Special Tercentennial Issue
Distinguished Graduates
1 11 21
2 12 22
3 13 23
4 14 24
5 15 25
6 16 26
7 17 27
8 18 28
9 19 29
10 20 30

Jodie Foster

B.A. 1984


Her debut before the camera involved partial nudity. At the age of 3, Jodie Foster posed as the bare-bottomed Coppertone child in the widely circulated suntan lotion ad. After work in commercials, tlevision, and film, a brief part in Martin Scorsese’s Alice Doesn’t Live Here Anymore (1974) led to her main chance: the director cast her as Iris, the 12-year-old prostitute, in Taxi Driver.

She called the role her professional turning point. “It was the first time anyone asked me to create a character that wasn’t myself. It was the first time I realized that acting wasn’t this hobby you just sort of did, but that there was actually some craft.”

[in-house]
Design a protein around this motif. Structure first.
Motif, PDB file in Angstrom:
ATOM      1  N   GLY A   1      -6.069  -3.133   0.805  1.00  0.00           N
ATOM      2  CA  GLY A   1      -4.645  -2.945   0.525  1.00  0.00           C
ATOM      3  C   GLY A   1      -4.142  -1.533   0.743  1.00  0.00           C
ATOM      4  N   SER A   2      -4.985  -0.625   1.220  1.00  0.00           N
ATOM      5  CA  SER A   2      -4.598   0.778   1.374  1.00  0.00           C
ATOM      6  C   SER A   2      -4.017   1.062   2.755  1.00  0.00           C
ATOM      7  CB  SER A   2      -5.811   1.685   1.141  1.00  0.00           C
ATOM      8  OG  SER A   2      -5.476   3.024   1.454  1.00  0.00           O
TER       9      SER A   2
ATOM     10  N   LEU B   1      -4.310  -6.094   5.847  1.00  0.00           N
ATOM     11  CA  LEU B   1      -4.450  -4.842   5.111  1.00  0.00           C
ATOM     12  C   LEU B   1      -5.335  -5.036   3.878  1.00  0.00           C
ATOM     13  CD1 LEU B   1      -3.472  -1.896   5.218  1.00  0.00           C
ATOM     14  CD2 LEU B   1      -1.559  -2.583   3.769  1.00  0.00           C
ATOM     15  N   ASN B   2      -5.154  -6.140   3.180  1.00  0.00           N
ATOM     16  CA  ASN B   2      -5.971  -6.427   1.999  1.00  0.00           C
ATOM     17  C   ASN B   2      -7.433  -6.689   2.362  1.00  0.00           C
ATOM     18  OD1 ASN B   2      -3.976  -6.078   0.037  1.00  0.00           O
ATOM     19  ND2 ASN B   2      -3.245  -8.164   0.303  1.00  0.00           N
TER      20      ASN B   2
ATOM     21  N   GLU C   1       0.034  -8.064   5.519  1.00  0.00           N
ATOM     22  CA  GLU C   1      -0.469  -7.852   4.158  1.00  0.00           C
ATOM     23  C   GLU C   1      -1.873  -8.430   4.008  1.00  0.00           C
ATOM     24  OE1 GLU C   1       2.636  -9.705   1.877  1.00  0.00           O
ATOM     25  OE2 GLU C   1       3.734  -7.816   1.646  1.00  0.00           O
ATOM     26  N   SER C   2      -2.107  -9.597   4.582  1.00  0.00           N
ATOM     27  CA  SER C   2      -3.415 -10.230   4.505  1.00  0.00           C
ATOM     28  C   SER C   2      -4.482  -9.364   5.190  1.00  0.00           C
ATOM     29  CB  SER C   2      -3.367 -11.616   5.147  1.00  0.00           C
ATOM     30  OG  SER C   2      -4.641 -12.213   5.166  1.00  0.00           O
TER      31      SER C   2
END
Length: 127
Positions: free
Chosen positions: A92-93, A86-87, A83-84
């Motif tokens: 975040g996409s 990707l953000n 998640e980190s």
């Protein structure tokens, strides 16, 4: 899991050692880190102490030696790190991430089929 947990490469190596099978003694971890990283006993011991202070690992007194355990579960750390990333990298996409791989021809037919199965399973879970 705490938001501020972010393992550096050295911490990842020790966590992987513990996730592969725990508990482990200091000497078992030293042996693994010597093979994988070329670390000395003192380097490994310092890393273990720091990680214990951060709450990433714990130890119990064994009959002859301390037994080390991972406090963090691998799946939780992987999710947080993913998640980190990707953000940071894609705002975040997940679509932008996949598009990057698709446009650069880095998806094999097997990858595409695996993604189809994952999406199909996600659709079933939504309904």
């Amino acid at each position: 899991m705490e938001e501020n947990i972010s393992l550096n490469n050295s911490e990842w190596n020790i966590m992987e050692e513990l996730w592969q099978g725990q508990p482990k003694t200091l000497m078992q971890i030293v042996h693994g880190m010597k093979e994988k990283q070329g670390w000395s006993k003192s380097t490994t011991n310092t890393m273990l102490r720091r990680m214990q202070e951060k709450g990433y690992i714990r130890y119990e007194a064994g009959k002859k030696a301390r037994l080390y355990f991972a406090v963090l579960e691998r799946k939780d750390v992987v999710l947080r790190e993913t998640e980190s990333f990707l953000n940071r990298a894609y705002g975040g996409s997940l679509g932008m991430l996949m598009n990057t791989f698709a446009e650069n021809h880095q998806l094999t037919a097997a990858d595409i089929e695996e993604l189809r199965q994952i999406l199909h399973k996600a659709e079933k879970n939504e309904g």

Foster has hewn to this unorthodox path, winning Oscars in films that address unpleasant social issues (The Accused, about a rape victim, in 1988 and The Silence of the Lambs, a 1991 film opposite Anthony Hopkins in the role of a psychopath). Directing has been another activity, starting with the story of a child prodigy, Little Man Tate.